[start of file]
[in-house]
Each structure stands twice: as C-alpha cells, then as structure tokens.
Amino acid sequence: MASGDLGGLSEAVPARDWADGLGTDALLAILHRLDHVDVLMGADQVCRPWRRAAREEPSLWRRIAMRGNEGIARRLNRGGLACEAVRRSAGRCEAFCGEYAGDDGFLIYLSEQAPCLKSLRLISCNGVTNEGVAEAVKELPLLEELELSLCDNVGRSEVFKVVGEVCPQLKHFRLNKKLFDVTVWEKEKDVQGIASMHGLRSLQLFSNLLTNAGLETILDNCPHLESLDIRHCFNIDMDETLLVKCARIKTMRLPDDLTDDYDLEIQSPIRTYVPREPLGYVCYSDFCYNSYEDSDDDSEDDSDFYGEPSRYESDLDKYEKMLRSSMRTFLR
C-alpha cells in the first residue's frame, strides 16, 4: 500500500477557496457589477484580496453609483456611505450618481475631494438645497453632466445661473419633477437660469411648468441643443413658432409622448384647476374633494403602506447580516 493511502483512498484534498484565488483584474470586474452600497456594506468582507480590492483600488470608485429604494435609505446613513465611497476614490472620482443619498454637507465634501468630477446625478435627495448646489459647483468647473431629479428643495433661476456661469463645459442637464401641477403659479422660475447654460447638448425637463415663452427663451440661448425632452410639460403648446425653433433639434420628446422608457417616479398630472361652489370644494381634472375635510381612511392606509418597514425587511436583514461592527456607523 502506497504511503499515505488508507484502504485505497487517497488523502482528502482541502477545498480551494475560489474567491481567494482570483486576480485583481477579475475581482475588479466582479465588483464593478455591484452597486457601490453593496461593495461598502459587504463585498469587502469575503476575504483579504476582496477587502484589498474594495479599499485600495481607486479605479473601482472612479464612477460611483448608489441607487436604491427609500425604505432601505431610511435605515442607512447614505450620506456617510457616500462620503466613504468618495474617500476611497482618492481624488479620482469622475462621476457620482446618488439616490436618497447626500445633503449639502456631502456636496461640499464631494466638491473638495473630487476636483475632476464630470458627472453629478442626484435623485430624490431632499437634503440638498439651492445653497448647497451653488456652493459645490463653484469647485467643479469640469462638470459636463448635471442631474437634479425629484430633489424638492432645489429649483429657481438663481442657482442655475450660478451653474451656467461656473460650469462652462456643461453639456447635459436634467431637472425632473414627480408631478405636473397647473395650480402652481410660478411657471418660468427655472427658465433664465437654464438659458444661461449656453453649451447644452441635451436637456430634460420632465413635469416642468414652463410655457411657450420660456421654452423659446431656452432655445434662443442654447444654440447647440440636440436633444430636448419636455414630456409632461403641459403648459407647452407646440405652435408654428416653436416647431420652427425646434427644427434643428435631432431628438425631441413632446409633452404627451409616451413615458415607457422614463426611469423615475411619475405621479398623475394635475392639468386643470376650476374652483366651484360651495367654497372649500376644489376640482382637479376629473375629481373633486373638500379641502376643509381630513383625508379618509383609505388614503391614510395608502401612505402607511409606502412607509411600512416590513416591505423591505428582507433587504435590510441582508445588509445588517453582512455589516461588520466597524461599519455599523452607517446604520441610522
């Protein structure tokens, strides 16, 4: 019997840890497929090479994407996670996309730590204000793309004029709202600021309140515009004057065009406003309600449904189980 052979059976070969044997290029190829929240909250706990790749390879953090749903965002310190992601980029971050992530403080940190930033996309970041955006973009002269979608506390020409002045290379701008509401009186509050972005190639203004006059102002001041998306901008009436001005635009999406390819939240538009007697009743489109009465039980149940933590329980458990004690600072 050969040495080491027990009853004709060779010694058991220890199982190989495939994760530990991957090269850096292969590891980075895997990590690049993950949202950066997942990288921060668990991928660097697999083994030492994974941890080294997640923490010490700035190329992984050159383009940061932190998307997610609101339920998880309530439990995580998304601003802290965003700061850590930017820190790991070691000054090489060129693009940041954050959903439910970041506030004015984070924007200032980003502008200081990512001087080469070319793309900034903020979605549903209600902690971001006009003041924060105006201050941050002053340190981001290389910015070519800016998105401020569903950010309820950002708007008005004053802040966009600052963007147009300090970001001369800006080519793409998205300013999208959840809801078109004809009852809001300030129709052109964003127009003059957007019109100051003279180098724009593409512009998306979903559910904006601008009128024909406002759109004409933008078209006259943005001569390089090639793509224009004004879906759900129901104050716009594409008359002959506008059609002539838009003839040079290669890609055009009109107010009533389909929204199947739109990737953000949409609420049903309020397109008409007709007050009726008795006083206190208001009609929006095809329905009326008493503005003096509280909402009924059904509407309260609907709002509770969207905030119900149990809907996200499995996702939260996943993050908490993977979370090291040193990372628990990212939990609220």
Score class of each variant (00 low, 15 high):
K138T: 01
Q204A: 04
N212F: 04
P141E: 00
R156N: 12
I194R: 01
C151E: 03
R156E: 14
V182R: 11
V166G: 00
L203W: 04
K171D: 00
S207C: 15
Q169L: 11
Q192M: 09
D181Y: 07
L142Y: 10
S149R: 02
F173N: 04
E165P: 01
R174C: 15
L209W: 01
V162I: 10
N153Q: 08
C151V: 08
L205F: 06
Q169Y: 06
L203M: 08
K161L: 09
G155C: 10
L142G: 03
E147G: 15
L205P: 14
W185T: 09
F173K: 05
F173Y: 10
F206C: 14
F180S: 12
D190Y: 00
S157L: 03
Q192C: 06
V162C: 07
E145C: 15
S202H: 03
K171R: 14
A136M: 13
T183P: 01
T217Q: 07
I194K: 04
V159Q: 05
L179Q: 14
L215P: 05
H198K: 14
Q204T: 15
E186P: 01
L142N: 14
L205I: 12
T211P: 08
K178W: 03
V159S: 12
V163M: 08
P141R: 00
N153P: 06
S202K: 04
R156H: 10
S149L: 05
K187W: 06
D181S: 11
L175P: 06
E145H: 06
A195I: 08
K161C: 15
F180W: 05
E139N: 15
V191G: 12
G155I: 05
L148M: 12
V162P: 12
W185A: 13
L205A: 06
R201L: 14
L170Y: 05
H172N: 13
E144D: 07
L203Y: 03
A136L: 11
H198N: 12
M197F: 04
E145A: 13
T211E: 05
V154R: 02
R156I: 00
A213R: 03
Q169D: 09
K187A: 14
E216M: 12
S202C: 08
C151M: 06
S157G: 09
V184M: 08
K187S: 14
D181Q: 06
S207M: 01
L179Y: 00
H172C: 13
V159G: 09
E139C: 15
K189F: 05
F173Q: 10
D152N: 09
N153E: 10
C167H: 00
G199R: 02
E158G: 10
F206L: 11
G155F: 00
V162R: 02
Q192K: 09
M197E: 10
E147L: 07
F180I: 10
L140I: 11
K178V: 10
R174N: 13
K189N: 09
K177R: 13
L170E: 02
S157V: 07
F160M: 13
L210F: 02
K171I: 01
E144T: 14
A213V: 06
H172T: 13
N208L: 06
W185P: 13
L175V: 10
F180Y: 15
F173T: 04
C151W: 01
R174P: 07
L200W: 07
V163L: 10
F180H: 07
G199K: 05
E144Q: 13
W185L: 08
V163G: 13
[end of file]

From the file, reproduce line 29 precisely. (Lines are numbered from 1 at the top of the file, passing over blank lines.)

V162I: 10